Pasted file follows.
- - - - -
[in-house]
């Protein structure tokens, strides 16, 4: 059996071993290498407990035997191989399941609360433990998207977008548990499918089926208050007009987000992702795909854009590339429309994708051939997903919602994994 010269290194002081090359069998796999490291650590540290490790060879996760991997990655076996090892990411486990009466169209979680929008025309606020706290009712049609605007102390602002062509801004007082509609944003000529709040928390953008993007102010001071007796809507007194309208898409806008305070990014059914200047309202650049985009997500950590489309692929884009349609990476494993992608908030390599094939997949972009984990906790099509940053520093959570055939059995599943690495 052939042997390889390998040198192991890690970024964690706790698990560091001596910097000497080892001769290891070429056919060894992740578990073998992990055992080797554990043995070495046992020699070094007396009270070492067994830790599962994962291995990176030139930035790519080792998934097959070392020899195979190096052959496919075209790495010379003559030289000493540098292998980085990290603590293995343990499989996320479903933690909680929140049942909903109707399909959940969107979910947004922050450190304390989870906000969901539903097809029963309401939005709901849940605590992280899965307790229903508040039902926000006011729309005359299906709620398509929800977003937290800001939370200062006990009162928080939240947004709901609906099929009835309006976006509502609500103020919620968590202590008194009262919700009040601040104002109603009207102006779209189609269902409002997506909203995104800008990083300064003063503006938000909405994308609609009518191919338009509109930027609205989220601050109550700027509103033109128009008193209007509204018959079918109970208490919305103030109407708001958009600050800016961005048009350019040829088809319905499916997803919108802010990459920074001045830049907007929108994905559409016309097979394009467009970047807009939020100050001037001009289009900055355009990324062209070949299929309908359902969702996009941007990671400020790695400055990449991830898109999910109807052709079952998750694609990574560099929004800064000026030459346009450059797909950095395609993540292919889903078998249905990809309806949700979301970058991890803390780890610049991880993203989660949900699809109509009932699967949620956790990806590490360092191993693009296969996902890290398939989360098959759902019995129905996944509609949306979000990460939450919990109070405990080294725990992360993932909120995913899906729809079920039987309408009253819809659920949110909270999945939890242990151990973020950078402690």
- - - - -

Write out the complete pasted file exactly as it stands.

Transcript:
[in-house]
């Protein structure tokens, strides 16, 4: 059996071993290498407990035997191989399941609360433990998207977008548990499918089926208050007009987000992702795909854009590339429309994708051939997903919602994994 010269290194002081090359069998796999490291650590540290490790060879996760991997990655076996090892990411486990009466169209979680929008025309606020706290009712049609605007102390602002062509801004007082509609944003000529709040928390953008993007102010001071007796809507007194309208898409806008305070990014059914200047309202650049985009997500950590489309692929884009349609990476494993992608908030390599094939997949972009984990906790099509940053520093959570055939059995599943690495 052939042997390889390998040198192991890690970024964690706790698990560091001596910097000497080892001769290891070429056919060894992740578990073998992990055992080797554990043995070495046992020699070094007396009270070492067994830790599962994962291995990176030139930035790519080792998934097959070392020899195979190096052959496919075209790495010379003559030289000493540098292998980085990290603590293995343990499989996320479903933690909680929140049942909903109707399909959940969107979910947004922050450190304390989870906000969901539903097809029963309401939005709901849940605590992280899965307790229903508040039902926000006011729309005359299906709620398509929800977003937290800001939370200062006990009162928080939240947004709901609906099929009835309006976006509502609500103020919620968590202590008194009262919700009040601040104002109603009207102006779209189609269902409002997506909203995104800008990083300064003063503006938000909405994308609609009518191919338009509109930027609205989220601050109550700027509103033109128009008193209007509204018959079918109970208490919305103030109407708001958009600050800016961005048009350019040829088809319905499916997803919108802010990459920074001045830049907007929108994905559409016309097979394009467009970047807009939020100050001037001009289009900055355009990324062209070949299929309908359902969702996009941007990671400020790695400055990449991830898109999910109807052709079952998750694609990574560099929004800064000026030459346009450059797909950095395609993540292919889903078998249905990809309806949700979301970058991890803390780890610049991880993203989660949900699809109509009932699967949620956790990806590490360092191993693009296969996902890290398939989360098959759902019995129905996944509609949306979000990460939450919990109070405990080294725990992360993932909120995913899906729809079920039987309408009253819809659920949110909270999945939890242990151990973020950078402690």